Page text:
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Emulbatt - A novel manufacturing approach to graphene-encapsulated sulfur and silicon nanoparticles for battery applications via freeze-drying micro-emulsion (Emulbatt)

Project description

Sulfur and silicon have recently been considered as the most promising alternative cathodic and anodic materials, respectively for the next generation of Li-batteries. However, currently required performances of the known S/Si based Li cells are not sufficient. For S-based cells: this is due to: (i) the loss of sulfur during cycling due to the solubility of sulfur intermediate in the electrolytes; (ii) the 76% volume expansion/contraction which leads to disintegration of the electrodes; (iii) the low electrical conductivity (10-30 S/cm) of S. For the Si: Si anodes face material intrinsic challenges such as the large volume expansion (400%) and the chemical reaction of Si with electrolyte, leading to material pulverization and surface passivation, respectively. This project introduces a novel manufacturing approach to encapsulate both S and Si-nanoparticles (NPs) in reduced graphene oxide (rGO) nanostructures for Li battery applications via three steps: (i) fabrication of a micro-emulsion of S/Si dissolved in organic solvents as dispersed phase (S/Si-micelles) and GO aqueous solution as continuous phase (S/Si@GO micro-emulsion); (ii) freeze-drying of the S/Si@GO micro-emulsion; (iii) reduction of GO to rGO. During the micro-emulsion formation (step i), by using a cationic surfactant, the surface of S/Si-micelles becomes positive. Therefore, negatively charged GO flakes will attach to the positively charged surface of the spherical micelles, forming spherical GO-shells wrapping S/Si-micelles in a self-assembly manner. The freeze-drying (step ii) will evaporate both organic solvents in the micelles forming S/Si-NPs attached inside on GO-shells and frozen water in the continuous phase to create GO-nanoscaffolds. As a result, S/Si-NPs encapsulated in GO-shells integrated within GO-nanoscaffolds (S/Si@GO) are obtained. In step (iii), GO will be reduced to rGO to form S/Si@rGO. The reduction degree that determines the conductivity of rGO is controllable by reaction temperature and time. Scientific target is to demonstrate: (i) the formation of novel micro-emulsions comprising of S or Si-containing micelles encapsulated in GO-shells; (ii) the formation of GO-shells, on the basis of the static electrical attraction of negatively charged GO nanoflakes on positively charged surface of the micelles is obtained by using cationic surfactants. Technological significance: This project aims on achieving size control from molecular scale to nanoscale for efficiently encapsulating S/Si NPs in rGO shells, integrated within rGO-nanoscalfolds (S/Si@rGO). The S-loading and the rGO-nanostructured pores is controlled for an efficient sulfur utilization and confinement when used as cathodes in lithium/sulfur (Li-S) batteries (LSBs) . The final target is to overcome the challenges in LSB technology. Also, this novel approach targets to achieve highly conformal rGO-encapsulated Si-NPs as anodic materials for Li-ion batteries. For this purpose, the project focuses on the following objectives which correspond to working packages (WPs): WP 1. Development of S@GO micro-emulsion formula. The formation of a new micro-emulsion system is a challenge since it will be influenced by many factors such as surfactants and co-surfactant properties, present ions, and PH of the phases [51,52]. Here, GO and sulfur are introduced into the water and oil phase, respectively, which also affects the formation of the micro-emulsion. Aim of the WP is to establish a standard manufacturing approach, to find the appropriate organic solvents for S-containing oil phase formation and the suitable surfactants and co-surfactants as emulsifiers for this novel micro-emulsion. Moreover, this part will investigate how to control the attachment of GO nanosheets to the surface of the S-micelles for the formation of the wrapping GO-shells by engineering the surface charge of the micelles (Fig.1 b and e). The final target is to achieve the right S@GO micro-emulsion. WP 2. Freeze-drying of the S@GO micro-emulsion. In this part, a process is developed to achieve the encapsulation of S-NPs in GO-shells, integrated in GO-nanoscaffolds, S@GO. The as-received S@GO micro-emulsion will be freeze-dried to obtain the microporous structures. In this process, the organic solvents in the micelles evaporate and consequently S-NPs are formed. Also, frozen water will be removed to form GO-shells integrated within GO-nanoscaffolds. WP 3. Control of S-loading, GO-shell size and pore-sizes of GO-nanoscaffolds. Based on the results of WP 1 and WP 2, the range of morphologic tuning based on control paramenters in the S@GO micro-emulsion formula is determined.It is anticipated that the sizes of the S-NPs, GO- shells, and the pore size of GO-nanoscaffolds can be controlled via tuning the micelle sizes, the concentration of sulfur in oil phase and GO in water phase. WP 4. Reduction of GO to rGO to enhance its conductivity. This step is performed to overcome the low conductivity problem of sulfur. To preserve the nanostructures of S@GO, GO will be reduced to rGO in reductant vapor such as hydrazine, so that its conductivity increases. The conductivity will be controlled by adjusting the reduction degree of rGO via reaction time and temperature. WP 5. Battery assembly and electrochemical characterization of the produced materials. The novel materials are assembled into battery coin cells and are subsequently investigated in terms of charge discharge behavior and working stability. WP 6. Extension of the micro-emulsion approach to the synthesis of Si@rGO as anode materials for Li-batteries. Si-NPs will be synthesized by thermal annealing SiOx NPs. After surface modification, the Si-NPs can be dispersed in organic solvents to form the dispersed oil phase. Consequent steps are the same as those for the synthesis of S@rGO, except the GO reduction step for Si@rGO which can be performed by a thermal reduction.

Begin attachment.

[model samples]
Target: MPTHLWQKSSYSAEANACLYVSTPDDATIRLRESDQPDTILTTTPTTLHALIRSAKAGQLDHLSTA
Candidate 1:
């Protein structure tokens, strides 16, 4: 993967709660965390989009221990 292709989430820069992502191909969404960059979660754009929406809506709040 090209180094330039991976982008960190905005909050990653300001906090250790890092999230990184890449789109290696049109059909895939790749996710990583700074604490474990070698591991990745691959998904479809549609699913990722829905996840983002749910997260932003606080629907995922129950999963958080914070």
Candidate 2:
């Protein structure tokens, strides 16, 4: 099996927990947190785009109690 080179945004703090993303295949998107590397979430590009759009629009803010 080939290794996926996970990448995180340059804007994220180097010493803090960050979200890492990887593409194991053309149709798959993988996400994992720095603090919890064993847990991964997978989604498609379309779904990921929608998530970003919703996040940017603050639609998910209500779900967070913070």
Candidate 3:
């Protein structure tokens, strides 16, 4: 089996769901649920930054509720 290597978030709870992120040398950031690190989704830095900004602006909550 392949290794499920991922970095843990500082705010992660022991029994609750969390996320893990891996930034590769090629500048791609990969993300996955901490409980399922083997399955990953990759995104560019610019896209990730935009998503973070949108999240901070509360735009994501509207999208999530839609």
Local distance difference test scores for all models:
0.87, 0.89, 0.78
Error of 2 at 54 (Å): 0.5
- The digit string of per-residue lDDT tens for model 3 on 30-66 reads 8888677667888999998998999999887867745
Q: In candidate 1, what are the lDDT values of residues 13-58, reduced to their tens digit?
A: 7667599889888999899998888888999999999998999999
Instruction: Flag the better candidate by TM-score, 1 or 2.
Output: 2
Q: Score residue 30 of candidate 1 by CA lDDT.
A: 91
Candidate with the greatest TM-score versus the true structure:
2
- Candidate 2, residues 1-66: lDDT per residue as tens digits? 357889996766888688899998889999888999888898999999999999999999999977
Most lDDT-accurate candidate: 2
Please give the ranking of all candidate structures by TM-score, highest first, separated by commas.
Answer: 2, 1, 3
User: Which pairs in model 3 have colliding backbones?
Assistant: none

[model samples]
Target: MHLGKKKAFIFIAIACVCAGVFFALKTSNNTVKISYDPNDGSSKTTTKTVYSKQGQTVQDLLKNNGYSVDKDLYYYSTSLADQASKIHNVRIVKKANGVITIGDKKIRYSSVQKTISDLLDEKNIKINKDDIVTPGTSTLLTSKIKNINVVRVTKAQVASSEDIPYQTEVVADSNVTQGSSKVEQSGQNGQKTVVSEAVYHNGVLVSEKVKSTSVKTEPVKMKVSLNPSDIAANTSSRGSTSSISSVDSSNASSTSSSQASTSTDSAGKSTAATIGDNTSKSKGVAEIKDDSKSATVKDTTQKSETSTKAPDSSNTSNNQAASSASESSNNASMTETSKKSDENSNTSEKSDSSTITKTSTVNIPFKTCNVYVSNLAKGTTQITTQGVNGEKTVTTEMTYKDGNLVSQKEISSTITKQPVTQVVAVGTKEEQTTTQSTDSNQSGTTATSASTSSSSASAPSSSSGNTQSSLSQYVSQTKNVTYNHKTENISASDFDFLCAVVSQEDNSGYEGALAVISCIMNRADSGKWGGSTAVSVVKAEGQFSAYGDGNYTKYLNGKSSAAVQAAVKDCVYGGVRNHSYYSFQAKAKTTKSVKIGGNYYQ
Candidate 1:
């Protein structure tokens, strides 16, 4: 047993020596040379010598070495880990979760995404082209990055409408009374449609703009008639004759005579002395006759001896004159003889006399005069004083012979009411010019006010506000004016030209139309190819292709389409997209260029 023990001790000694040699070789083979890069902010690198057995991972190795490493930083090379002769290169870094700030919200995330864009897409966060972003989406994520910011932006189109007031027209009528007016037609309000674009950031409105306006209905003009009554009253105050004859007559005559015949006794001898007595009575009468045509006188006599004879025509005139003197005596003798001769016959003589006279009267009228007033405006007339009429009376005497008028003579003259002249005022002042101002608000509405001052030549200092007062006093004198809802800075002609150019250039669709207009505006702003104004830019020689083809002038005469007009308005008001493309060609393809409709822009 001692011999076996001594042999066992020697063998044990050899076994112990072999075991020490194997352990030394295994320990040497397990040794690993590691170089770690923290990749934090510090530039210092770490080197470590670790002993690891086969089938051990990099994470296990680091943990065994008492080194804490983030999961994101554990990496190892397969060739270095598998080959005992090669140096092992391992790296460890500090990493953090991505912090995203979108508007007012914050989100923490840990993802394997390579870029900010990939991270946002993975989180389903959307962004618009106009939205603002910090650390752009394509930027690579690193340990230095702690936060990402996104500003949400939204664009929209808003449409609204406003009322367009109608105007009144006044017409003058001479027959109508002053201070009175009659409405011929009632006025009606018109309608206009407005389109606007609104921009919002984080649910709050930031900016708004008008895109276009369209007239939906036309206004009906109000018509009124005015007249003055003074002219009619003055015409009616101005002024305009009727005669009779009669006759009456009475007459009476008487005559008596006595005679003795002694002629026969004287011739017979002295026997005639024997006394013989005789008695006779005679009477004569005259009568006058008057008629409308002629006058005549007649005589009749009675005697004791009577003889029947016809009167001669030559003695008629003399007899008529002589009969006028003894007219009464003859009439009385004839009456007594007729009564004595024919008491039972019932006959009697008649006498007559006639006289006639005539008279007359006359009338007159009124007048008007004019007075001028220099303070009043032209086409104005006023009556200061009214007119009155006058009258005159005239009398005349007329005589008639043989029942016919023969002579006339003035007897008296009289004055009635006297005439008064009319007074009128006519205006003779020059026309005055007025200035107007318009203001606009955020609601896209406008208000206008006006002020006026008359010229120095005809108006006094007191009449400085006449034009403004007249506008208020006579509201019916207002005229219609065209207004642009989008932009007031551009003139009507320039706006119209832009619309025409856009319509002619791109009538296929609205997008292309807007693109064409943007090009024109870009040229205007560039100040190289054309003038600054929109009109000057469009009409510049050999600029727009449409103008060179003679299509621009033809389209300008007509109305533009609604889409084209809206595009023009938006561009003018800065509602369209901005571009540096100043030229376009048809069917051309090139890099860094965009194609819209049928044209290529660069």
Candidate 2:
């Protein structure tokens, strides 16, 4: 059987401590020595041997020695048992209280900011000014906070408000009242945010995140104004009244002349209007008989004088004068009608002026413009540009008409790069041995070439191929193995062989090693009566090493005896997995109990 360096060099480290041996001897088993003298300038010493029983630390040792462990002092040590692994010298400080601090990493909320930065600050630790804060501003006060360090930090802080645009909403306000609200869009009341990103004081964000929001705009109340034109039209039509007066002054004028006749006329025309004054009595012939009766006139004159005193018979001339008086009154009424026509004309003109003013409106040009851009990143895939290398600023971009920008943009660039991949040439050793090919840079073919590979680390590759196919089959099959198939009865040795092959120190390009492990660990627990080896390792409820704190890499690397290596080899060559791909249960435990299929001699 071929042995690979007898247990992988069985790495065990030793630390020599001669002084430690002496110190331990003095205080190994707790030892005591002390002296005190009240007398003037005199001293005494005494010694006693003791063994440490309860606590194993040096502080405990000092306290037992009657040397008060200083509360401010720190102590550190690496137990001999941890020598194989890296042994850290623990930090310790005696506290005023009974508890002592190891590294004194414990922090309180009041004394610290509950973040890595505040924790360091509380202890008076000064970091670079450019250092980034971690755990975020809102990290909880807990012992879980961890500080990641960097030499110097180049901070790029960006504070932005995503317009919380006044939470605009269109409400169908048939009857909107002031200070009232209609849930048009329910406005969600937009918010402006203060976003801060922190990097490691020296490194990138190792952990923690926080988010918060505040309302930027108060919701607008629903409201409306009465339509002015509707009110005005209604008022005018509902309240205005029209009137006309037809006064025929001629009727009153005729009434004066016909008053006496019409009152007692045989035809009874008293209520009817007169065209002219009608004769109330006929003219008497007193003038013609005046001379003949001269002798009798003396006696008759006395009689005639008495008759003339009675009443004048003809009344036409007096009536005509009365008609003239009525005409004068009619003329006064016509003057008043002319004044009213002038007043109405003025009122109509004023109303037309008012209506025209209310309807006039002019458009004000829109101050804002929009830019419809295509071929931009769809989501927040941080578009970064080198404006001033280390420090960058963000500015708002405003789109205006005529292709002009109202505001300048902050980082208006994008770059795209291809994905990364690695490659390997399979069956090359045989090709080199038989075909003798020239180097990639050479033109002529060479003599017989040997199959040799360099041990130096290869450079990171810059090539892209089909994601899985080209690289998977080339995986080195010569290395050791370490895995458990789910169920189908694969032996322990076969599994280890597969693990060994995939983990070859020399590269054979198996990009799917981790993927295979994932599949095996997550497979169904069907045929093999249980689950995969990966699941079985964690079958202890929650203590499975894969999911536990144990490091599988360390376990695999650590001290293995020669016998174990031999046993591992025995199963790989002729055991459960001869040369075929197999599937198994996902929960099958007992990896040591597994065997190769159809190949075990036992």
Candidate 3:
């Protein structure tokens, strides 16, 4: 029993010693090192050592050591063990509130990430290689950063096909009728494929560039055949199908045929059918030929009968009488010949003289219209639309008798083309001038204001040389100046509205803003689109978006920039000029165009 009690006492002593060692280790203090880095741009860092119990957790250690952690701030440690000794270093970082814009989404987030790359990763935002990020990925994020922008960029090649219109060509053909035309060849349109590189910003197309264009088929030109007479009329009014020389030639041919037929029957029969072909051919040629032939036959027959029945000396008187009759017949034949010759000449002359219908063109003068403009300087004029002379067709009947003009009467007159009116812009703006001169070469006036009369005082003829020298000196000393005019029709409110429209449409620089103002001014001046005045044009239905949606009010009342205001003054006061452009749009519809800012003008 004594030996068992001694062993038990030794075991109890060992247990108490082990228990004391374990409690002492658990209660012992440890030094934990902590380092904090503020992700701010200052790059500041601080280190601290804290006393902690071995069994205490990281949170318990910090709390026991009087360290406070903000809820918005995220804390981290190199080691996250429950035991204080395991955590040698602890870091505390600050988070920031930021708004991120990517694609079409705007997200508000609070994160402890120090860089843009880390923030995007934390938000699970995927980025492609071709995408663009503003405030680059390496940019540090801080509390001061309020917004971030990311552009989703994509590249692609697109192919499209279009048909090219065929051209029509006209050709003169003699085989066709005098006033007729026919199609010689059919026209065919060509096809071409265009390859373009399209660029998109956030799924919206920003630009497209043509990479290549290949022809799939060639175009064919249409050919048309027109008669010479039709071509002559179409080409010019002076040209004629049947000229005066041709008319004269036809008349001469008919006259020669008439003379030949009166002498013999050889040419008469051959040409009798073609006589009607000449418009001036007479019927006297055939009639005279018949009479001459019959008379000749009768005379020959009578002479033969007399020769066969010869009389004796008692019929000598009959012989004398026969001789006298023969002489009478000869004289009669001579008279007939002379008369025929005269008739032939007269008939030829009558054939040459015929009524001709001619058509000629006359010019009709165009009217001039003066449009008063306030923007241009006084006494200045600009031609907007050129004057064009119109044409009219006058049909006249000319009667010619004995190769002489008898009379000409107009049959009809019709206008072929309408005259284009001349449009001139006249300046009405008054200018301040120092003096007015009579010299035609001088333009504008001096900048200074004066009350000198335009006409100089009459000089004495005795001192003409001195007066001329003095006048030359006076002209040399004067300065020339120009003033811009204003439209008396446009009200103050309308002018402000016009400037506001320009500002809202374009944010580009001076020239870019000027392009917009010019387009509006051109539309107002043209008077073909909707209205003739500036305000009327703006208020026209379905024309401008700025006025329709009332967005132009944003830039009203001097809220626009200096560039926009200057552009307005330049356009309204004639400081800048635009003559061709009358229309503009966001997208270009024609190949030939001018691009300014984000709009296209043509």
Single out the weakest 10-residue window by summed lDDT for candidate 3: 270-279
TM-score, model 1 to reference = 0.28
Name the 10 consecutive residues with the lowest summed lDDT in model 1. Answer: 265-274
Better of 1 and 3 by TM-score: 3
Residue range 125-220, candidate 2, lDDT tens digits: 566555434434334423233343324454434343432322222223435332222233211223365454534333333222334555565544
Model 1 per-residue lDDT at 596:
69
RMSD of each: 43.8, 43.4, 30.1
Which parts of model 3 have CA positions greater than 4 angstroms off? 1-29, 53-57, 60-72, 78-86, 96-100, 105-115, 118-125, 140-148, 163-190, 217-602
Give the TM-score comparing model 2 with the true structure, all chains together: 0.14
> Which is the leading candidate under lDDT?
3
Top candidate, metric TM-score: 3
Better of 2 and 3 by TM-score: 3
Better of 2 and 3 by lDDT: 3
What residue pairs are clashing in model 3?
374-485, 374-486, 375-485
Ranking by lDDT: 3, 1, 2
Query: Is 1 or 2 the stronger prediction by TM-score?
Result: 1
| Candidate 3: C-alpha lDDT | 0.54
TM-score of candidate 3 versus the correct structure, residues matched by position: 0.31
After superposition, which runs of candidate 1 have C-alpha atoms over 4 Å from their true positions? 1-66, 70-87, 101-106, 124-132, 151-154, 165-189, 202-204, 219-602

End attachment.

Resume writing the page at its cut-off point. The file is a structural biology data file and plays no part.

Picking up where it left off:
Start/End of project

01.01.2018 until 31.12.2020

Project manager

Van Chuyen Pham (Prof. Dr. Roland Zengerle)

Contact person

Van Chuyen Pham
Phone:0761 / 203-95081




energy and energy efficiency, nanomaterials, nanotechnology, Energie und Energieeffizienz, Nanomaterialien, Nanotechnologie